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Theriogenology. 2003 Oct 15;60(7):1207-16.

The effect of GnRH analogs on urinary incontinence after ablation of the ovaries in dogs.

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Department of Reproduction, School of Veterinary Medicine, University of Zurich, Winterthurerstr 260, CH8057 Zurich, Switzerland.


After removal of the ovaries approximately 20% of dogs develop urinary incontinence. Removal of the gonads results in estrogen deficiency and chronic elevation in the production and secretion of FSH and LH. The gonadotrophins may directly or indirectly, adversely affect the sphincter function of the urethra. Estrogen replacement therapy and treatment with sympathomimetics, such as ephedrine or phenylpropanolamine (PPA), are effective only in some of the affected dogs, and many of these subsequently become nonresponsive. Since the role of the elevated gonadotrophins has not been elucidated, we used depot preparations of GnRH analogues to down-regulate gonadotrophins once or twice in 13 ovariectomized (ovx), incontinent dogs, which were either refractory to alpha-adrenergics (n=11) or in which alpha-adrenergics were contraindicated (n=2). Dogs were treated with leuprolide, deslorelin, buserelin or triptorelin. In 7 dogs treatments with GnRH analogues alone (n=11) resulted in continence for 50-738 days (mean 247). In all dogs except one, where GnRH treatments did not resolve the incontinence completely, additional treatment with phenylpropanolamine was successful. With additional treatment of phenylpropanolamine complete continence was restored for 21-367 days (mean 159). All treatments caused long-term reduction of circulating FSH and LH concentrations to very low or undetectable levels. No adverse effects of treatments were observed.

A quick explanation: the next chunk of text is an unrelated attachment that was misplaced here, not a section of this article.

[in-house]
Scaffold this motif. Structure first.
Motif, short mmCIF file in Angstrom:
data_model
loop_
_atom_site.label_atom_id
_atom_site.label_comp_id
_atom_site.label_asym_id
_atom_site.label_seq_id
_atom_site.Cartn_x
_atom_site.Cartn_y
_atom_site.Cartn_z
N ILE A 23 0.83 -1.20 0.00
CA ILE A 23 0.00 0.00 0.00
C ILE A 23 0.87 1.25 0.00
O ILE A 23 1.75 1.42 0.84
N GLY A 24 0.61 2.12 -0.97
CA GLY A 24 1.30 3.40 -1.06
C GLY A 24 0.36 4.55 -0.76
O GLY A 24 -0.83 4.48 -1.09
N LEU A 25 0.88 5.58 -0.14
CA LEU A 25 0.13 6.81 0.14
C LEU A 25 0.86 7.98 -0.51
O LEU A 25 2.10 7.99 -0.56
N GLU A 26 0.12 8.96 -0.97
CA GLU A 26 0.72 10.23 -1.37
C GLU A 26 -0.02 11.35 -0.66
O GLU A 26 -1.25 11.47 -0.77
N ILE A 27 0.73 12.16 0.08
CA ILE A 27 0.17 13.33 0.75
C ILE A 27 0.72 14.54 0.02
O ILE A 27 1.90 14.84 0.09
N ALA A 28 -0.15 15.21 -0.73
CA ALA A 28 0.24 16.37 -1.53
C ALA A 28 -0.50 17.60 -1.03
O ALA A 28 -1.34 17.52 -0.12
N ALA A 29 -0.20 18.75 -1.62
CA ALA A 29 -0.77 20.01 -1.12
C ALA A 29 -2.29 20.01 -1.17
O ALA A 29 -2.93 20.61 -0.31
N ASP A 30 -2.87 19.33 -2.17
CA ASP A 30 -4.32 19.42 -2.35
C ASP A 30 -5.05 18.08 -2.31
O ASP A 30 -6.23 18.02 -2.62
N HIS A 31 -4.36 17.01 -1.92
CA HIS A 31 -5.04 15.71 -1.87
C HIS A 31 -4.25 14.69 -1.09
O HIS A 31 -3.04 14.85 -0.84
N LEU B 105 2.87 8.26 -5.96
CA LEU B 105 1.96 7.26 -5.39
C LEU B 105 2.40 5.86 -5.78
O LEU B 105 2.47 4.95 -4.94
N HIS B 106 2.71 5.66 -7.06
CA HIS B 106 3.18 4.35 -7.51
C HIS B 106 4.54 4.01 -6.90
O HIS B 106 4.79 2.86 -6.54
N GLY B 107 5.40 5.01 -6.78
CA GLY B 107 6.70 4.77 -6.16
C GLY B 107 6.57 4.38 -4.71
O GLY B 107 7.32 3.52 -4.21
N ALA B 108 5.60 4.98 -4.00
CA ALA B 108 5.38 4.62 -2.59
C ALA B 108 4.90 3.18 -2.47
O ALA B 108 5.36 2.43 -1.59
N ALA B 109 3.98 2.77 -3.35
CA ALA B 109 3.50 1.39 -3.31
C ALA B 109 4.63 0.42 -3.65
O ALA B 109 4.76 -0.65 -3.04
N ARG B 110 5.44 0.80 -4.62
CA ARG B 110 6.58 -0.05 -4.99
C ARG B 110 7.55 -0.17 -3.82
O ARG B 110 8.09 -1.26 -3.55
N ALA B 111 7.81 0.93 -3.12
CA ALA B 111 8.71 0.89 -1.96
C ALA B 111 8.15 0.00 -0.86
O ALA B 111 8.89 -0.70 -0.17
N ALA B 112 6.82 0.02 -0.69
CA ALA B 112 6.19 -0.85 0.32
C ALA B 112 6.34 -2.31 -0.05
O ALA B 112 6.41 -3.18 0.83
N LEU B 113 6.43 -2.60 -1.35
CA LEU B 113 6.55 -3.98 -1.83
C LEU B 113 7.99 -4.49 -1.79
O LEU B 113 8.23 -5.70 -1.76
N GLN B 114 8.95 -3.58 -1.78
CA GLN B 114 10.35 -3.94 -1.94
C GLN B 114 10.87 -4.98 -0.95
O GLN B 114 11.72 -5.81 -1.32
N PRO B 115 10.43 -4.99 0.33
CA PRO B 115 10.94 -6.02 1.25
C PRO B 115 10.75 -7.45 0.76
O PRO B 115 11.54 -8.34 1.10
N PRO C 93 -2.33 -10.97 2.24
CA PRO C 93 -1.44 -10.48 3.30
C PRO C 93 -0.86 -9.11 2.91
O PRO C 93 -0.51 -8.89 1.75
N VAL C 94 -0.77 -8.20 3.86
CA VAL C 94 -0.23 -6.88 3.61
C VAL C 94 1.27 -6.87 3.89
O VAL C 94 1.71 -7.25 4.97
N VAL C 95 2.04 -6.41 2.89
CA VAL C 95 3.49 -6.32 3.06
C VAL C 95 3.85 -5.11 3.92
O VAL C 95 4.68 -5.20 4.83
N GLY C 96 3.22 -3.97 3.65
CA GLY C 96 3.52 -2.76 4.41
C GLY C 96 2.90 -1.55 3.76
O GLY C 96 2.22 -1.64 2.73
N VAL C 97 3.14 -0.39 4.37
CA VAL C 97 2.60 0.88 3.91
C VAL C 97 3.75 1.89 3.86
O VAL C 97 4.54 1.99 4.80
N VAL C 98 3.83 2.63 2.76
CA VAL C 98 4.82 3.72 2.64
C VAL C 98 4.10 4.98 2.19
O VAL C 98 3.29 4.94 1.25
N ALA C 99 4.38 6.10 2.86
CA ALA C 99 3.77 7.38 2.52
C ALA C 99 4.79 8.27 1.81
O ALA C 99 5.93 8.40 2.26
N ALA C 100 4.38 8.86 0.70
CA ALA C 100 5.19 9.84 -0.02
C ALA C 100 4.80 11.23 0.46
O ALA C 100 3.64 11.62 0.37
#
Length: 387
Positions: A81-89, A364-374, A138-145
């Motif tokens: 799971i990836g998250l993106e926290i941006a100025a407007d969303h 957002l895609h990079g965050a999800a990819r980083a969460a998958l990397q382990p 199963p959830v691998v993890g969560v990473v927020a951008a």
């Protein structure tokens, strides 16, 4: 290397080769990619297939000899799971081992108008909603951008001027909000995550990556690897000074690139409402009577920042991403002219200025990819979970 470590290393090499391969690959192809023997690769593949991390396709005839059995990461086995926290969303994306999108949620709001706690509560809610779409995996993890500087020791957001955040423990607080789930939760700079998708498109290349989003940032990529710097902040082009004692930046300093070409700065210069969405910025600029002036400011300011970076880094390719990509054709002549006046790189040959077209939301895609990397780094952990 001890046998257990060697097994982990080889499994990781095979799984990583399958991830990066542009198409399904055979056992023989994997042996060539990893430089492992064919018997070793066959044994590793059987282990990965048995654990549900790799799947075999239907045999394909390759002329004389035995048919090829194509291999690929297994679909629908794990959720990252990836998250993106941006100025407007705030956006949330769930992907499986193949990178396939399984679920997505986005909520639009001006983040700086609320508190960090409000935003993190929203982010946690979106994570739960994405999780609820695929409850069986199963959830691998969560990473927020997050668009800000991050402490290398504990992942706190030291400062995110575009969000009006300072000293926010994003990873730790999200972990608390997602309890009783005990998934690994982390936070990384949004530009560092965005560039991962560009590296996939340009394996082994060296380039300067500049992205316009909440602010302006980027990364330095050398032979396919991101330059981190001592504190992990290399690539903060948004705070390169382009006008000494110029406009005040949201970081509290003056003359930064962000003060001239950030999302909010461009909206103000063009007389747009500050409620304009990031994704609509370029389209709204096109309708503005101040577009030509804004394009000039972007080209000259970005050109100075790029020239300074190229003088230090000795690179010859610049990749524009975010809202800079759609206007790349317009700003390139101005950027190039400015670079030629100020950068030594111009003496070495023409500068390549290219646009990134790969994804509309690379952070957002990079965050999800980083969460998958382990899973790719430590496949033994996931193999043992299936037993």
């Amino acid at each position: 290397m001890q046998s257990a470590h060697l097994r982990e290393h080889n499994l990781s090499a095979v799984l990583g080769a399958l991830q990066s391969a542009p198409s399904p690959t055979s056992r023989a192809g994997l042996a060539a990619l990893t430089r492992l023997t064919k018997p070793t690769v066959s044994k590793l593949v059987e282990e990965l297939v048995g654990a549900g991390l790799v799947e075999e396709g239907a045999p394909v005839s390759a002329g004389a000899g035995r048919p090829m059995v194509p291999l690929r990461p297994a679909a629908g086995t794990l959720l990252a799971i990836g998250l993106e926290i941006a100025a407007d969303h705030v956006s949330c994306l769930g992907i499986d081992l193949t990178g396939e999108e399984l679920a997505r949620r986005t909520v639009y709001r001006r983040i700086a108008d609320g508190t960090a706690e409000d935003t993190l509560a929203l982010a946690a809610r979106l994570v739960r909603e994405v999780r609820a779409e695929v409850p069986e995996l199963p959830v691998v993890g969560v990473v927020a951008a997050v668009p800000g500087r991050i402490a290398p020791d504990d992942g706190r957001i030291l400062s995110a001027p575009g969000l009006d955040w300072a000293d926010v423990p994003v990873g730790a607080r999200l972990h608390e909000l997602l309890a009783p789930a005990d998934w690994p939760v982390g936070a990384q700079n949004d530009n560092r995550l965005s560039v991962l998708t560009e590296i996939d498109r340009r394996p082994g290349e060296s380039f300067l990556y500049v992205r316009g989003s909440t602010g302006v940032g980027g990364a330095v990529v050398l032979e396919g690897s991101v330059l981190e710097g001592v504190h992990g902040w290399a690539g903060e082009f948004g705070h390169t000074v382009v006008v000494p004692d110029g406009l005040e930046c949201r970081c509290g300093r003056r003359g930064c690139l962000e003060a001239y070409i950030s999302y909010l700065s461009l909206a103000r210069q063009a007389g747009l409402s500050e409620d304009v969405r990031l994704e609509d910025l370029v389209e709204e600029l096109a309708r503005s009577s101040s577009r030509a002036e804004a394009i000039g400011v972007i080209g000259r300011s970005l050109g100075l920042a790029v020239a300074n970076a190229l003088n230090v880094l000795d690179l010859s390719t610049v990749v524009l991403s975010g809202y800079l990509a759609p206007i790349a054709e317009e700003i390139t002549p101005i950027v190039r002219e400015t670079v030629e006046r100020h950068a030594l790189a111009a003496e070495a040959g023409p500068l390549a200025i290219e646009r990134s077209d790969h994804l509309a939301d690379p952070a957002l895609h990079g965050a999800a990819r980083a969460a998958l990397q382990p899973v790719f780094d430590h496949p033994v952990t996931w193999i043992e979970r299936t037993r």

[Indexed for MEDLINE]

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